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Critical year for Albert


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I believe this year will be critical for Albert Pujols. Whether he bounces back and returns to something near his level of production with St. Louis remains to be seen. Whether he can do that and also put up good numbers into his later-30's is even more unclear.

 

Baseball Reference has a list of hitters similiar to Albert through age 33 in their careers. Here are their OPS stats at age 32/33/34 and some years beyond that.

 

(I've deleted Manny Ramirez due to the steroids question.)

 

Player                         OPS at age 32        33         34          35           37            39        age/retired

 

ALBERT PUJOLS                        .859      .767      .551 (current season, small sample)

 

Frank Robinson                           .834      .955      .918       .894        .861         .894       40

 

Hank Aaron                                 .895      .943      .852      1.003      1.079       1.045      42

 

Ken Griffey, Jr                             .784      .936      .864        .946        .869         .735      40

 

Willie Mays                                  .962     .990     1.043       .924        .860         .897      42

 

Jimmie Foxx                                .993     .917      .664       DNP        .756                      37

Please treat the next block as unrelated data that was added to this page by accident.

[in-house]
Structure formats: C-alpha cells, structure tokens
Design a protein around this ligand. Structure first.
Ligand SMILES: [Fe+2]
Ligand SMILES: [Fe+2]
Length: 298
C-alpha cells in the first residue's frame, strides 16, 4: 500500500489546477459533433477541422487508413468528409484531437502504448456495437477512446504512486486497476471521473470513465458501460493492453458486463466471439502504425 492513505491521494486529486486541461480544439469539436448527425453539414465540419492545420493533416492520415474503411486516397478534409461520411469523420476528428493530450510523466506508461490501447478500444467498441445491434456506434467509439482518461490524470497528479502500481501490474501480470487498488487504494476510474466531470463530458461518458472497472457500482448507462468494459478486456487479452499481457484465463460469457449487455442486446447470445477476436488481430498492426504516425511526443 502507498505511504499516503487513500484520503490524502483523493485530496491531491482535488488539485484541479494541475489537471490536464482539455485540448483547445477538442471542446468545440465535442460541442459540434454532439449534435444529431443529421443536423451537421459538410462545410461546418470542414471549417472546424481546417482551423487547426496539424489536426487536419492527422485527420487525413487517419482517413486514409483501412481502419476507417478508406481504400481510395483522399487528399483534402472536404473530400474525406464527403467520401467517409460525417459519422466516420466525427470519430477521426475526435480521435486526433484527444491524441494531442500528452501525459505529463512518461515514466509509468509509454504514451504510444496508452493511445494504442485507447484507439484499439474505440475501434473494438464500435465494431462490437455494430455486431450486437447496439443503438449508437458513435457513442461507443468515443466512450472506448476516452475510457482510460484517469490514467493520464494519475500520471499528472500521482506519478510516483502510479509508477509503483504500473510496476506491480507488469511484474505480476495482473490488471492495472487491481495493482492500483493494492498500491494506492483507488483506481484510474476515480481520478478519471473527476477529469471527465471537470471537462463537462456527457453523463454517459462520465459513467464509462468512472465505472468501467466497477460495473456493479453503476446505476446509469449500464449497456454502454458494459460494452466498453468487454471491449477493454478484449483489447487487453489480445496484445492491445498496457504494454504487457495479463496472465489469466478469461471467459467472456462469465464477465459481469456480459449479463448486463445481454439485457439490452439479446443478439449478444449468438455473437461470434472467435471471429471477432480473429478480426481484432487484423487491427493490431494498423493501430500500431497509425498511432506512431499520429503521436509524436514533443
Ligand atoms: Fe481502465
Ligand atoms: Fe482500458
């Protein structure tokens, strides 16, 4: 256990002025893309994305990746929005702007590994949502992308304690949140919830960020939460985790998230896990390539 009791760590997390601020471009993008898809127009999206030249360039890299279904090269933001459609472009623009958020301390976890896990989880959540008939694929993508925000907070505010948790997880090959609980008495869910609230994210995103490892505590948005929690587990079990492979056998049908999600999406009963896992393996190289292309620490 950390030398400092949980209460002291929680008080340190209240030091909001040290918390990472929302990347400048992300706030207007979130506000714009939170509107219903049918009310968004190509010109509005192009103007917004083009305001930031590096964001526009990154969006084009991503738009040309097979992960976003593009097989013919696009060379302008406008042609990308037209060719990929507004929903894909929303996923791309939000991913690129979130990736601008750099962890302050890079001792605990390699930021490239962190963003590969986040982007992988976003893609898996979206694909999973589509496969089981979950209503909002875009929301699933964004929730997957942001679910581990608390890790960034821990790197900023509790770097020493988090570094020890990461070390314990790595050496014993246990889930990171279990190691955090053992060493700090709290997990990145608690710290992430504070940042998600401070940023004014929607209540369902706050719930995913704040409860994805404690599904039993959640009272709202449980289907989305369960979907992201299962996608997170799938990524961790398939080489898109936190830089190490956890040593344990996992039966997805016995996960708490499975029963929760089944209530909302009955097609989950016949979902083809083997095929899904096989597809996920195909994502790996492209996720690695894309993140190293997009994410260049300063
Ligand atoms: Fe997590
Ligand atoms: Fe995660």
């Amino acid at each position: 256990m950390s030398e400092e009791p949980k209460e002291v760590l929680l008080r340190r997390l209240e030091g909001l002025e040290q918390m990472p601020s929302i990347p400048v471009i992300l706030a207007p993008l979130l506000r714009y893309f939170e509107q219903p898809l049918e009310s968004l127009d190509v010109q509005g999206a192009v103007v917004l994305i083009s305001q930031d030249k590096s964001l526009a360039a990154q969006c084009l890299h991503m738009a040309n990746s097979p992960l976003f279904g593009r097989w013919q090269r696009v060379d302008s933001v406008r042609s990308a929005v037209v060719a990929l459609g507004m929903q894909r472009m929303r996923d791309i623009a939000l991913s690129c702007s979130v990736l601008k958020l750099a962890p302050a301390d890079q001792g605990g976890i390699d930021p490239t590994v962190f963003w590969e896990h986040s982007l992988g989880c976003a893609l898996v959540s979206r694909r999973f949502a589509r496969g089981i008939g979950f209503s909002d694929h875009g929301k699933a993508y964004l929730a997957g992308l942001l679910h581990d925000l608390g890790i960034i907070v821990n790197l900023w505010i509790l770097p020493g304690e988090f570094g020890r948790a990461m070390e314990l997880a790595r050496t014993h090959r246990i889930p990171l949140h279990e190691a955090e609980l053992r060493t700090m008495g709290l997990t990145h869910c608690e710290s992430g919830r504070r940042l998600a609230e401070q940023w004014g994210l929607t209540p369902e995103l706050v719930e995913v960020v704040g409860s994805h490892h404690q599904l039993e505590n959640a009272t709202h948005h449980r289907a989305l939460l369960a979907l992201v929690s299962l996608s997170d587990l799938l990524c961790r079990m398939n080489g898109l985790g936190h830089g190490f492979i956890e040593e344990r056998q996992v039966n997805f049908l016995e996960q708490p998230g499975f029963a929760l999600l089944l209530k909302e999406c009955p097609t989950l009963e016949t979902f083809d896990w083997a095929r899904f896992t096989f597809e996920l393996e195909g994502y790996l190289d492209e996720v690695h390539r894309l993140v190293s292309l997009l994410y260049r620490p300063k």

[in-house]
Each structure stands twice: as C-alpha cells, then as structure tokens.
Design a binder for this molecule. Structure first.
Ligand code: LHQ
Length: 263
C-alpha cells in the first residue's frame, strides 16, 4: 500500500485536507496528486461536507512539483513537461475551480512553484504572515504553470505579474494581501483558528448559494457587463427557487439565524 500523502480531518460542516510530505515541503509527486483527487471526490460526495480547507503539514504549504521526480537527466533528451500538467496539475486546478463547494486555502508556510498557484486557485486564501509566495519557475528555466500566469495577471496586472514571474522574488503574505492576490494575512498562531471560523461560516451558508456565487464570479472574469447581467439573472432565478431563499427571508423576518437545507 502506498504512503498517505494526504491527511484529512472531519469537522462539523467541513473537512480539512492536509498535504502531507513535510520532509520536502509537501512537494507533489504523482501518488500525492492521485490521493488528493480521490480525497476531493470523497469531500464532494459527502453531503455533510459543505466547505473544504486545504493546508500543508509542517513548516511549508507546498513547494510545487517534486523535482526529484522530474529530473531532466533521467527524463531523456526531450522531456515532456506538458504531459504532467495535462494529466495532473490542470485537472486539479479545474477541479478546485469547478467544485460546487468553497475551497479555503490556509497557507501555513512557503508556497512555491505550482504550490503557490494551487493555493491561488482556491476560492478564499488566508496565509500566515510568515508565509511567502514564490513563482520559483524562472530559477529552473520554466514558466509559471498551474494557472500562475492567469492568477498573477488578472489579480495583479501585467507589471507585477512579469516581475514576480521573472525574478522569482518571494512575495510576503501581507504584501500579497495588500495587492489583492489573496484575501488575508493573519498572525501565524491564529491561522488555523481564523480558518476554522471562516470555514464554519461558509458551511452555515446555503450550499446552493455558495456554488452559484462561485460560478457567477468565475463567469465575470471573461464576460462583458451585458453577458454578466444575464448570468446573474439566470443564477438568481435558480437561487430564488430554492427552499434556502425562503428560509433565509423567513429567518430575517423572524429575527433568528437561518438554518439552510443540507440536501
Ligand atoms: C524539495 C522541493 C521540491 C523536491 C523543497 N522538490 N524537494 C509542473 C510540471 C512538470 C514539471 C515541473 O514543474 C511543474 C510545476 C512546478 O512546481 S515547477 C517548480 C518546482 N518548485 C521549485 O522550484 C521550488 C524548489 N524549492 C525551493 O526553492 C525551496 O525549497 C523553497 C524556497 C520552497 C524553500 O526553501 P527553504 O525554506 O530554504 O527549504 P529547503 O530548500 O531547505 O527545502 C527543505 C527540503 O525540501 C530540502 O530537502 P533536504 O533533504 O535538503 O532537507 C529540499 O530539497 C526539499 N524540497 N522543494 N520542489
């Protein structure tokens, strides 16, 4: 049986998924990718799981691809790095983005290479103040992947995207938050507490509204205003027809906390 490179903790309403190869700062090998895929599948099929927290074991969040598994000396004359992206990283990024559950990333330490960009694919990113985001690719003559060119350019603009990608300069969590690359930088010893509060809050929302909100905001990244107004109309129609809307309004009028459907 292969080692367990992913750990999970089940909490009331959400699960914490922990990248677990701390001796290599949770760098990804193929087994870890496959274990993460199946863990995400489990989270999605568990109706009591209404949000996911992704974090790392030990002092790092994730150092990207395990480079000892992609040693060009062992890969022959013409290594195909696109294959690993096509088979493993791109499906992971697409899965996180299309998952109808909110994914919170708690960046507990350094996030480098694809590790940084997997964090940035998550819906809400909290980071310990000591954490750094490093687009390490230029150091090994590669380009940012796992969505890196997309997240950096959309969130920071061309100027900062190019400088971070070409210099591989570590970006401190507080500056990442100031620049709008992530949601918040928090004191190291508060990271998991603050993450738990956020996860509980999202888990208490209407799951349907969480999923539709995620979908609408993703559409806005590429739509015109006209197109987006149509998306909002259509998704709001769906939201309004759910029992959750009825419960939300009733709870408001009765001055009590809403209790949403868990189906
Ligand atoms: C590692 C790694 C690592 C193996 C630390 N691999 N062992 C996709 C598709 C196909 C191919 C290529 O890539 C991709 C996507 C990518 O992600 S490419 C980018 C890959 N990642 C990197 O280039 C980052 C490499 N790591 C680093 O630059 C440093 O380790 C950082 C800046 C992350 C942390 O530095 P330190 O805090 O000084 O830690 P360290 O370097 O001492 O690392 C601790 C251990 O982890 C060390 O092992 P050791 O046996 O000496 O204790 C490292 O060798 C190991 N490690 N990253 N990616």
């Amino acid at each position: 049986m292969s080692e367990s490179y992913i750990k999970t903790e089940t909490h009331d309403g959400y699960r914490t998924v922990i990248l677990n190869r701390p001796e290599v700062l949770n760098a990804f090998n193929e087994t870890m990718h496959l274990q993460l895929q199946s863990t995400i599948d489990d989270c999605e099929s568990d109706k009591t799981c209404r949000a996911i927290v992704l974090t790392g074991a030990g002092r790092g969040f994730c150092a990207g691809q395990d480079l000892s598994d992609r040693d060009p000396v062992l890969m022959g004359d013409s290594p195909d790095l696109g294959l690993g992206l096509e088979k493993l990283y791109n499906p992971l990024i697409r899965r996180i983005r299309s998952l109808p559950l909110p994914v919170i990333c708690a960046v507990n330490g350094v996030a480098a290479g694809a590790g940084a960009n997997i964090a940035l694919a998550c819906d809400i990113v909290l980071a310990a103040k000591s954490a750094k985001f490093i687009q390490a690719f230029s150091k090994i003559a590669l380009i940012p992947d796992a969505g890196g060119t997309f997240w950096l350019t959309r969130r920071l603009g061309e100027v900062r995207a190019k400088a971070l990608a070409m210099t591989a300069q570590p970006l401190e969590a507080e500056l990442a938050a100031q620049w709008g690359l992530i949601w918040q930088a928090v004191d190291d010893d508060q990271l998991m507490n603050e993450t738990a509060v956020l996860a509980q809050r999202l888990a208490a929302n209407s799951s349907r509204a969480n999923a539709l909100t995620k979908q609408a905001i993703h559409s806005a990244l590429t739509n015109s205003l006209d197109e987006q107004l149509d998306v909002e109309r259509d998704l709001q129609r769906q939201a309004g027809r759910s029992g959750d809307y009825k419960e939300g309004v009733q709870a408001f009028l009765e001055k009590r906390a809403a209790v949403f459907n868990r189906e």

Mickey Mantle                            1.015    .831      .927       .825                                     36

 

Lou Gehrig                                 1.049    1.174    1.116      .932                                    36

 

Vlad Guerrero                              .950      .886      .794      .841                                     37

 

Mel Ott                                        .898      .912      .810      .967        .132                      38

 

 

What I found troubling at first was the big drop-off last year, at age 33, compared to the other hitters on the list. But Albert was also injured much of the season. He's not far off from the others at age 32 (his first season with the Angels).

 

All the hitters above, except for Foxx, had a very healthy OPS at age 35. Mantle and Guerrero were the only other players below .900 at that age, and both retired soon after.